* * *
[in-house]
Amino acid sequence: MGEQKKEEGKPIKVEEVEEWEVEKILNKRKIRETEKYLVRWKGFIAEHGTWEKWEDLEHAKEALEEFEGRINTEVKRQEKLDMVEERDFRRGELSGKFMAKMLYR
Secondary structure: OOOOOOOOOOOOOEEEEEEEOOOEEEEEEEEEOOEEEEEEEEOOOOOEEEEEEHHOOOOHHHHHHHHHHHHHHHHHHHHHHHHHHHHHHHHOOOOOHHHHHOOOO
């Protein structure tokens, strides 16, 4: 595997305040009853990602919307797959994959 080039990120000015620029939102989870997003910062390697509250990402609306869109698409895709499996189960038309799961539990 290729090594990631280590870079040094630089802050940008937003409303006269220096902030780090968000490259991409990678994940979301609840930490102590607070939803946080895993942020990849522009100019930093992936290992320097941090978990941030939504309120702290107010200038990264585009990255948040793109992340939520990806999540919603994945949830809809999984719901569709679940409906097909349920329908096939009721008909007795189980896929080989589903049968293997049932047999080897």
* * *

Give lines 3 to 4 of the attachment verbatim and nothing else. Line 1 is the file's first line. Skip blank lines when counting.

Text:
Secondary structure: OOOOOOOOOOOOOEEEEEEEOOOEEEEEEEEEOOEEEEEEEEOOOOOEEEEEEHHOOOOHHHHHHHHHHHHHHHHHHHHHHHHHHHHHHHHOOOOOHHHHHOOOO
């Protein structure tokens, strides 16, 4: 595997305040009853990602919307797959994959 080039990120000015620029939102989870997003910062390697509250990402609306869109698409895709499996189960038309799961539990 290729090594990631280590870079040094630089802050940008937003409303006269220096902030780090968000490259991409990678994940979301609840930490102590607070939803946080895993942020990849522009100019930093992936290992320097941090978990941030939504309120702290107010200038990264585009990255948040793109992340939520990806999540919603994945949830809809999984719901569709679940409906097909349920329908096939009721008909007795189980896929080989589903049968293997049932047999080897």